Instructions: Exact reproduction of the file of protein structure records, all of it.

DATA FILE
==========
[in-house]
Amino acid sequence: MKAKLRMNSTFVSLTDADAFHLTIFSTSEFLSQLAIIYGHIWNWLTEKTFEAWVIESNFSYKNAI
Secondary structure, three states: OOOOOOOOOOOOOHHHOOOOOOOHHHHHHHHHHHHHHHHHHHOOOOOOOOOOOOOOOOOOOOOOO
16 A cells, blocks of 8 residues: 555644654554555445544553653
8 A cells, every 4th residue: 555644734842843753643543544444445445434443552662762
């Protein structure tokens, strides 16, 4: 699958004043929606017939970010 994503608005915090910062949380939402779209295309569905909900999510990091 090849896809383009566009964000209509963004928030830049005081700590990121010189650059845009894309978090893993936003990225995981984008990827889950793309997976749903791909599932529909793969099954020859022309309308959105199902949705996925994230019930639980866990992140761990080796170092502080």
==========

[in-house]
Amino acid sequence: MKAKLRMNSTFVSLTDADAFHLTIFSTSEFLSQLAIIYGHIWNWLTEKTFEAWVIESNFSYKNAI
Secondary structure, three states: OOOOOOOOOOOOOHHHOOOOOOOHHHHHHHHHHHHHHHHHHHOOOOOOOOOOOOOOOOOOOOOOO
16 A cells, blocks of 8 residues: 555644654554555445544553653
8 A cells, every 4th residue: 555644734842843753643543544444445445434443552662762
């Protein structure tokens, strides 16, 4: 699958004043929606017939970010 994503608005915090910062949380939402779209295309569905909900999510990091 090849896809383009566009964000209509963004928030830049005081700590990121010189650059845009894309978090893993936003990225995981984008990827889950793309997976749903791909599932529909793969099954020859022309309308959105199902949705996925994230019930639980866990992140761990080796170092502080």